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The Principle of Respect and Ethics: A Pillar of Psychiatric Nursing

Submitted by on January 11, 2016 – 8:37 PM One Comment

change bulbsThe nursing profession works on a set of ethical guidelines in order to maintain a standard of holistic care for patients. Similarly, in psychiatric settings, as patients cannot fully express their own rights and decisions (Choe, Song & Jung 2012) it is the integral responsibility of a nurse to help them in this regard. Therefore, it is necessary for a psychiatric nurse to have a complete understanding of the code of ethics. The nursing code of ethics includes various principles such as beneficence, non-maleficence, justice and confidentiality. Nevertheless, the most important and basic principle is respect towards the patient. It is so because if a nurse is not respecting her client internally, her behavior will portray the same and she will not be able to develop a trusting relationship with the client (NICE clinical guideline, 2011). This would ultimately hinder every aspect of care towards the client.

 

During my clinical rotation of mental health course I encountered a 56 year old male patient suffering from Mania. He used to talk excessively, mimic different voices and sing songs in his language. As this was my first experience with a psychiatric patient I found it a bit atypical and funny. My colleagues and I had similar feelings.

 

We all used to tag him as the funniest and talkative person. Moreover, we used to joke and laugh at him in our clinical group meetings. Later, when I reflected back on this scenario I realized that as a nurse it is my ethical responsibility to respect the patient. Regrettably, in this case I was unable to fulfil my ethical obligation towards the patient. This incident persuaded me to explore more and refine my knowledge about respect as a nurse’s ethical duty towards the patient.

 

The concept of respect in psychiatric care is not new. The founding mother of psychiatric nursing, ‘Peplau’ also regarded respect as a part of a psychiatric nurse’s role. While considering the concept of respect in mental health care one cannot separate work of Carl Rogers. His theory describes four core aspects on the necessity of respect in mental health care. He firstly highlights that every individual has the ability to live a meaningful life.

 

If the treatment includes interpersonal asset of respect, then this will lead to personal development, growth and wellness of the client. Secondly, he emphasizes on using the term “client” instead of “patient”. According to Rogers, implementing this in health care would enhance the capacity of a health care professional to see the humanness of the client. Thirdly, Rogers regards congruency, empathy and respectfulness as the three most important qualities of mental health professionals. Lastly, he stresses that when a client encounters a respectful, congruent and empathetic health professional then this supportive atmosphere guides the person towards becoming a fully functioning individual (Cutcliffe&Travale, 2013).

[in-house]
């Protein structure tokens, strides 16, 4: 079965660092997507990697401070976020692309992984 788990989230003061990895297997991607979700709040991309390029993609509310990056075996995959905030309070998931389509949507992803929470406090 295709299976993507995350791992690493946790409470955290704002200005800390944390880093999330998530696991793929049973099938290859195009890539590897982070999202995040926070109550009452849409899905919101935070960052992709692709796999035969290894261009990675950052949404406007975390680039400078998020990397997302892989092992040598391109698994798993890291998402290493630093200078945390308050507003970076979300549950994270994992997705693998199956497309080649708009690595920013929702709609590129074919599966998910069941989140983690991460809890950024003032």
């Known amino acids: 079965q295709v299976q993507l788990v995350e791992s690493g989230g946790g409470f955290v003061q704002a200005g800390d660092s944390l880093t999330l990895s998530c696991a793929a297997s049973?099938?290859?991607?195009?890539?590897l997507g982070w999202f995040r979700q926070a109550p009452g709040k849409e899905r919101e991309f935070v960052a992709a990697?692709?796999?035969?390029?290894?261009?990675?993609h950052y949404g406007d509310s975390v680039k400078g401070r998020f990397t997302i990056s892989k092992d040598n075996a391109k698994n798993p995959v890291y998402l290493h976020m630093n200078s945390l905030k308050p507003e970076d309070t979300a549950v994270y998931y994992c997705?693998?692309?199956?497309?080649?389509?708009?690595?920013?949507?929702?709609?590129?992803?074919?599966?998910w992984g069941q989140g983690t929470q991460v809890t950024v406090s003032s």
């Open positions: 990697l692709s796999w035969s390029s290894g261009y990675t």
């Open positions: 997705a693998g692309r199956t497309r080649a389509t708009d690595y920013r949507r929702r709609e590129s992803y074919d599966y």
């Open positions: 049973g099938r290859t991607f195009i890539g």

If I relate these aspects to my scenario, firstly I should understand that my client possesses the right to live a meaning full life without being judged for his atypical behavior which is actually a part of the disease process and not his deliberate action. Secondly, it is my ethical responsibility as a nurse to respect my client, even when I am not with him because as a human being it’s his basic right to receive respect. Moreover, it is important to understand the person under my care is not inferior to me neither am I superior to him so empathy instead of sympathy should direct my care. Furthermore, if I demonstrate respect towards my client through my care and behavior this would strengthen my relationship with the client. This consolidation of my therapeutic relationship would eventually guide me towards delivering a better care.

 

Understanding the importance of respect, many organizations of the world have developed policies for the provision of respect in mental health care. The American Nurses Association (2010) has regarded respect as the first provision of their Code of Ethics for Nurses. Similarly, College of Registered Psychiatric Nurses of Alberta (2013) also considers respect as an integral part of a nurse’s duty.

 

Likewise, in Pakistan the development of Mental Health Act (2001) and National Mental Health Policy has served as a milestone towards provision of culturally appropriate mental health care integrated with respect and dignity (Bhanji, 2013). Besides, Pakistan Nursing Council (2006) has included courses such as Nursing Ethics and Mental Health Nursing in their baccalaureate program. The underlining purpose is to make nurses identify with the ethical principles such as respect and to provide knowledge of proper code of conduct which would guide their actions while caring for the patients.